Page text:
RE/MAX Real Estate Guide and FAQ - Questions and Answers for Real Estate Mortgages and Financing.
RE/MAX Valley Real Estate, Boardman, Ohio

Real Estate Guide

Your Mortgage


RE/MAX Valley Real Estate

Real Estate News from Inman

Valley  Real Estate
1006 Boardman - Canfield Rd.
Boardman, Ohio
(330) 629-9200

RE/MAX Real Estate FAQ - Buying Your Home, Working With A Real Estate Agent

Your Mortgage - Questions and Answers
'Private Mortgage Insurance (PMI)'


What is PMI?

Private mortgage insurance, or PMI, insures the lender against a borrower's default. It helps the lender in situations when a foreclosure sale might not bring enough money to pay off both the mortgage and the cost of the foreclosure. It is only required when the borrower is making a cash down-payment of less than 20 percent of the purchase price. The PMI premiums are usually then added to the borrower's monthly payment. The loan servicer collects the monthly premium and pays it to  the PMI insurer.

The first year's mortgage insurance premium is usually paid in advance at the close of escrow, and there will usually be a separate PMI approval process.

See also >>

Back To Top

Is PMI always required on low-down home loans?
A growing number of private lenders loosened their requirements for low-down-payment loans during the go-go real estate years 2000 through 2005. However, you'll find that now private mortgage insurance, or PMI, usually is required on all loans with less than a 20 percent down-payment.

The Homeowners Protection Act states PMI must be dropped on any loan originated after July 29, 1999 IF it has a 78 percent loan-to-value ratio.

Back To Top

What does PMI cost?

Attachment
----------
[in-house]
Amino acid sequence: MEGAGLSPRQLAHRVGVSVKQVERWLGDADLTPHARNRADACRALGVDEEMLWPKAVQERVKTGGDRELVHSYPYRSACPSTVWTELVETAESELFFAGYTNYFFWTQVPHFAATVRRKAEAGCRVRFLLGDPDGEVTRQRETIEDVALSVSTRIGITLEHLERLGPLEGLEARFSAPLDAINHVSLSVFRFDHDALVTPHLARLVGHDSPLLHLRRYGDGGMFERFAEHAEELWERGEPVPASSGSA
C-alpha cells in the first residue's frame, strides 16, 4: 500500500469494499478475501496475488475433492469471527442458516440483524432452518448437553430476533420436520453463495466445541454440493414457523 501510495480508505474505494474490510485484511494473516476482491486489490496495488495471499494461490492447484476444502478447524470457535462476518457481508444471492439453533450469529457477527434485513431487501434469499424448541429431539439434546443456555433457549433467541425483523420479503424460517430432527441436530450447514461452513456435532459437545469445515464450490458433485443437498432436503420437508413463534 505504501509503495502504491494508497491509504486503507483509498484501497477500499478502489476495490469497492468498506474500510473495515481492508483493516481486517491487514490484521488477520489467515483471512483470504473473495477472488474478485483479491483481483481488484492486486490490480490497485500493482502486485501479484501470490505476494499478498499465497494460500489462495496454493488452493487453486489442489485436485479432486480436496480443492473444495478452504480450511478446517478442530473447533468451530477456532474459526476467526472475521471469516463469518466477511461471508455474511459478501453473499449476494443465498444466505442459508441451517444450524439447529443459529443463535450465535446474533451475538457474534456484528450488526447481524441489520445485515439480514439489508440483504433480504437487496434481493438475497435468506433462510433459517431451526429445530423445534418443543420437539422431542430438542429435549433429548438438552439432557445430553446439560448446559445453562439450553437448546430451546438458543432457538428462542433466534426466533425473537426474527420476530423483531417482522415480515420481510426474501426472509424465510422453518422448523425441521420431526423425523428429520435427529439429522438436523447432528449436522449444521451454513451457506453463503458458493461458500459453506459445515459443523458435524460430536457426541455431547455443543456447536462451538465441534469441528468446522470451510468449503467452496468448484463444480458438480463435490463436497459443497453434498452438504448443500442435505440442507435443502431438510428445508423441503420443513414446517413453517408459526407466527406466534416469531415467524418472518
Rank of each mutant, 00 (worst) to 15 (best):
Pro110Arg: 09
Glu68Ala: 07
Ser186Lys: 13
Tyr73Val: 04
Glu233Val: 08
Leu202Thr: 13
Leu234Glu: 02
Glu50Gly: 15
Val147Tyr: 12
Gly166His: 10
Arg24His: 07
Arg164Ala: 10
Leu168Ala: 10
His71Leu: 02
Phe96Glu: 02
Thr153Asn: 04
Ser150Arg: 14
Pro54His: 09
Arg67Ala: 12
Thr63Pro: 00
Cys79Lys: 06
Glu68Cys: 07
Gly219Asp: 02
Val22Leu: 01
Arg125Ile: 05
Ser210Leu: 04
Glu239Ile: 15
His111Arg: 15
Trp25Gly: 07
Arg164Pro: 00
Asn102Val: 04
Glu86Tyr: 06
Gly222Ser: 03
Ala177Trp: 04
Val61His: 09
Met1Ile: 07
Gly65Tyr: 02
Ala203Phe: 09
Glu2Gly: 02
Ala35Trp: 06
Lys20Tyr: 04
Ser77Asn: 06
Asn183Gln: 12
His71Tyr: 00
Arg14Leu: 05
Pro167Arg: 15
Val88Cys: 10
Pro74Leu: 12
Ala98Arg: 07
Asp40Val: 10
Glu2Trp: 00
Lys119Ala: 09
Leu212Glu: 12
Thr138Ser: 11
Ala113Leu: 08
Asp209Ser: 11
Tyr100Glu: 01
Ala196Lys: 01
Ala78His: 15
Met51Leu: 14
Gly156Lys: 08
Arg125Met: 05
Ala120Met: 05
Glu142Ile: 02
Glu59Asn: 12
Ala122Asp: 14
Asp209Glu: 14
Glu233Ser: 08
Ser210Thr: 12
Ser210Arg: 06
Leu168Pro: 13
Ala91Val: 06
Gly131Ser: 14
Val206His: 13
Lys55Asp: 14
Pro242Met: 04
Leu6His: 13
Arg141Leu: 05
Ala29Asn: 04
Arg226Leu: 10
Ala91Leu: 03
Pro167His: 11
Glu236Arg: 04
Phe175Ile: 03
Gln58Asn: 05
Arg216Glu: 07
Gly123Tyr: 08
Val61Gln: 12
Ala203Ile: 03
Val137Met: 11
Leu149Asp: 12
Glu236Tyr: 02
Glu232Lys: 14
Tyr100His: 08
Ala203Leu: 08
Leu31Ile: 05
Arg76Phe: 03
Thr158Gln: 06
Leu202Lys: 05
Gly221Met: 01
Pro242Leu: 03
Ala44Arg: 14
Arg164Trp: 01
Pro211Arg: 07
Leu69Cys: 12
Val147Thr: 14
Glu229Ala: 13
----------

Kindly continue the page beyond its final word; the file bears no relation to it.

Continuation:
Private mortgage insurance costs vary from one mortgage insurance firm to another, but premiums usually run about 0.5 percent of the loan amount for the first year of the loan, and slightly less for subsequent years. The first year's mortgage insurance premium is usually paid in advance at the closing.

Back To Top

Is PMI Tax Deductible?
New in 2007, homeowners earning under $110,000 adjusted gross income can deduct, for the 2007 tax year only, some or all of the PMI premium on mortgages closed only in 2007. Congress would need to renew this deduction to be valid for any tax years beyond 2007. (Consult with your attorney or tax accountant.)

Important Note: the Mortgage Debt Cancellation Relief Act extends the PMI deduction mortgage insurance premiums through tax year 2010.

 See Also >> - More questions and answers concerning PMI and taxes here.

Back To Top

How do I drop PMI?
In some states, the loans have to be at least two years old, and the borrower cannot have made any late payments in the last year in order to drop private mortgage insurance. In addition, the loan-to-value ratio must be less than 75 percent.

In Ohio, disclosure laws require lenders to notify borrowers after the close of escrow whether the borrower has the right to cancel private mortgage insurance. Under the new federal law - The Homeowners Protection Act - lenders must drop PMI if the loan closed after July 29, 1999 AND the loan to value ratio reaches 78 percent of the home's original market value. See the resource listed below for a full discussion of the HPA Law and how it may apply to you.

See also >>

Back To Top